Goa’s boy drug peddlars on the rise

PANAJI (Goa): Drug pushers in Goa are using boys below 18 years to carry or deliver narcotics. If caught, the juveniles face a maximum sentence of three years.

Ashley Noronha, principal magistrate, Juvenile Justice Board, North Goa, says that over the last  year, a trend of lads from economically-backward or disturbed families being used by drug dealers has emerged.

During counselling sessions the lads revealed to the board that they were carriers or delivery boys. They also said that they were unaware that carrying the packages was a crime.

“The reason why children are being used is because if they are caught by the police they face a jail term of just three years,” Noronha said. The maximum jail term for an adult caught under the Narcotic Drugs and Psychotropic Substances (NDPS) Act is 20 years.

The boys being used as carriers—there’s no record of the exact number—are mainly  from the North Goa coastal belt,  the beach areas of Calangute, Anjuna, Morjim, Arambol etc which see a large volume of tourists. One case before the board was from Benaulim, part of South Goa’s coastline.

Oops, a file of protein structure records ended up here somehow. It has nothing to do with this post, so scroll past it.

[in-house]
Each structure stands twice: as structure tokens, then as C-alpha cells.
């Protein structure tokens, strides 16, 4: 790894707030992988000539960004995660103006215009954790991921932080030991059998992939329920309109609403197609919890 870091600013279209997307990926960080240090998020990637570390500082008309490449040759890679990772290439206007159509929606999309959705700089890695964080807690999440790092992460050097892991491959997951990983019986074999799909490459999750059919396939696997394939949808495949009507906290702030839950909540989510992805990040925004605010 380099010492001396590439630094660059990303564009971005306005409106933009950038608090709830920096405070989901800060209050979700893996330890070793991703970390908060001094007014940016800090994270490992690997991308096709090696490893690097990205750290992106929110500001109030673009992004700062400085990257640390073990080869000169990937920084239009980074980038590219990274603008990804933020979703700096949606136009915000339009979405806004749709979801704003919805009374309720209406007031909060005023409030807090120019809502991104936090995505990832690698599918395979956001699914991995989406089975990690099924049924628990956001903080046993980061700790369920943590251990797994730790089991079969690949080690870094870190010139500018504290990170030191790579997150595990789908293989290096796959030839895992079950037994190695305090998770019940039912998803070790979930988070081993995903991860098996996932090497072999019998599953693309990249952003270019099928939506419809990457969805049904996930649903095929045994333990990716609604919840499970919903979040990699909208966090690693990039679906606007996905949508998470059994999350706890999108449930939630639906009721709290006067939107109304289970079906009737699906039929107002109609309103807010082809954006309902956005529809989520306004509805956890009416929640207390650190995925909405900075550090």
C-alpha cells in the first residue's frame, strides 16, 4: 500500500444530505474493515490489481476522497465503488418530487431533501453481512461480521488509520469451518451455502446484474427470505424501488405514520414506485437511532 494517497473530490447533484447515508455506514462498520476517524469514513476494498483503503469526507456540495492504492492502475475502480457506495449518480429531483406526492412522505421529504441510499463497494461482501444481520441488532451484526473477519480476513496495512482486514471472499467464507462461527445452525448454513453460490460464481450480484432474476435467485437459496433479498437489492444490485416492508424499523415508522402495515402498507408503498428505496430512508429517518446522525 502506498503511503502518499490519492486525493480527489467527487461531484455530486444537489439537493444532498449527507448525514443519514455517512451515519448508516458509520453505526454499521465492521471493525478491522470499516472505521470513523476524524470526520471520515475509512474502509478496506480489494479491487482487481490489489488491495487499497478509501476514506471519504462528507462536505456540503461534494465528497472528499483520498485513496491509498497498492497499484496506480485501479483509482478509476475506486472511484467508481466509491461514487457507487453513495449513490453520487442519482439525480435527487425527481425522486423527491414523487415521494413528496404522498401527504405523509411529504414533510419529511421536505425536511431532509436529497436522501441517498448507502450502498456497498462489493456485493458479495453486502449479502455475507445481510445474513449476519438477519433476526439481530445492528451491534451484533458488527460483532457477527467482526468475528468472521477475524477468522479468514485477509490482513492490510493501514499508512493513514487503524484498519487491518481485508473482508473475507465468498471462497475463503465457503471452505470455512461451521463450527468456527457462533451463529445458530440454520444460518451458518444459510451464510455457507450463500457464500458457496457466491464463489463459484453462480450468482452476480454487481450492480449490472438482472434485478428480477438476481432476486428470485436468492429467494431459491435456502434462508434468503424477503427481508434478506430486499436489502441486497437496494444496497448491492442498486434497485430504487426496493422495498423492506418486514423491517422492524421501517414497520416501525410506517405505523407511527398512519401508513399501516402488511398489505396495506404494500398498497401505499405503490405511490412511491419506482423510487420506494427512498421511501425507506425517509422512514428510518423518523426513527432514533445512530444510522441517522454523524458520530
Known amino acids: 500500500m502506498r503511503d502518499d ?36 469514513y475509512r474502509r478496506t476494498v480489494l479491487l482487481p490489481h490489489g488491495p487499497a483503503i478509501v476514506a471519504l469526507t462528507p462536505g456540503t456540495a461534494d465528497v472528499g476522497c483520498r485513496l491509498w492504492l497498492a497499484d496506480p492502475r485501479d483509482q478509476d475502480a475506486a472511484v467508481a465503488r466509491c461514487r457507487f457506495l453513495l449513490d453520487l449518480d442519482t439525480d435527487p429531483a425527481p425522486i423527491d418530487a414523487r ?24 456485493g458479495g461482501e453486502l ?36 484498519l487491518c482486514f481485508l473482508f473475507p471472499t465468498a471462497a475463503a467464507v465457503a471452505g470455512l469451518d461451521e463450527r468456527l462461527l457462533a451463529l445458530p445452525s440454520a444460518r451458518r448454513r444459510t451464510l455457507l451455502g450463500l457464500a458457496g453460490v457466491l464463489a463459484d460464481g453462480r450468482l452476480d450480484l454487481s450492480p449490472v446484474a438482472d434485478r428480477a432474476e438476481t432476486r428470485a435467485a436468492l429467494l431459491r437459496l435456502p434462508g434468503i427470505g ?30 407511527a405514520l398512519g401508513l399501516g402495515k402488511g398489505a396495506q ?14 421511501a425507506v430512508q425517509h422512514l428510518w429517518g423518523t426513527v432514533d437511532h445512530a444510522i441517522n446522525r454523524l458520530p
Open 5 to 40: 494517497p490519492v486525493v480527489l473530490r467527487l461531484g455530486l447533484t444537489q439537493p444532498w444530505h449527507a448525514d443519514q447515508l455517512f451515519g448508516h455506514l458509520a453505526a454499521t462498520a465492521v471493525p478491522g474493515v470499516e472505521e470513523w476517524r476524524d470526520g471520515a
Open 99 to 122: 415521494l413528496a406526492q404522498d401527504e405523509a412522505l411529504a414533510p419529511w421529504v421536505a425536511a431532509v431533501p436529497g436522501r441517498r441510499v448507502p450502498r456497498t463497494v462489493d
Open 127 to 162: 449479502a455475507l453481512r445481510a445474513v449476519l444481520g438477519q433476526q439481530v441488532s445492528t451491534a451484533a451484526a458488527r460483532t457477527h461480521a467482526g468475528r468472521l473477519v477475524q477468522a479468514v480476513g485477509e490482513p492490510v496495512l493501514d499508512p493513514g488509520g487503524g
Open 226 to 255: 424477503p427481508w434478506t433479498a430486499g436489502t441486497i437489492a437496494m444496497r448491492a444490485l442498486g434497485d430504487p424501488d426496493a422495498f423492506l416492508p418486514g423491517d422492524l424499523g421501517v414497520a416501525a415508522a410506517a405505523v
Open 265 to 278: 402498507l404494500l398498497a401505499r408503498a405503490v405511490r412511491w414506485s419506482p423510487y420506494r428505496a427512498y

The lure for the youngsters was the opportunity to make a easy money to indulge a passion for gadgets and fashion accessories.

The Narcotics Control Bureau (NCB), Goa, recently arrested a disc jockey (DJ) who allegedly used minor lads to push drugs. NCB seized narcotic substances worth over Rs 6 lakh from the DJ’s possession.

Noronha said that the drug dealers usually look out for  a vulnerable boy and make friends with  him, and in the course of time the dealer would build a rapport with him, through treats or gifts.

If the boy was considered trustworthy enough, the dealer use him to deliver a parcel to a person or destination. Sometimes boys could be offered anything between Rs 5,000 to Rs 25,000 to deliver the goods.

For youngsters from poor families, the money is hard to resist, said Noronha.


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Posted by on April 6, 2015. Filed under India. You can follow any responses to this entry through the RSS 2.0. Both comments and pings are currently closed.

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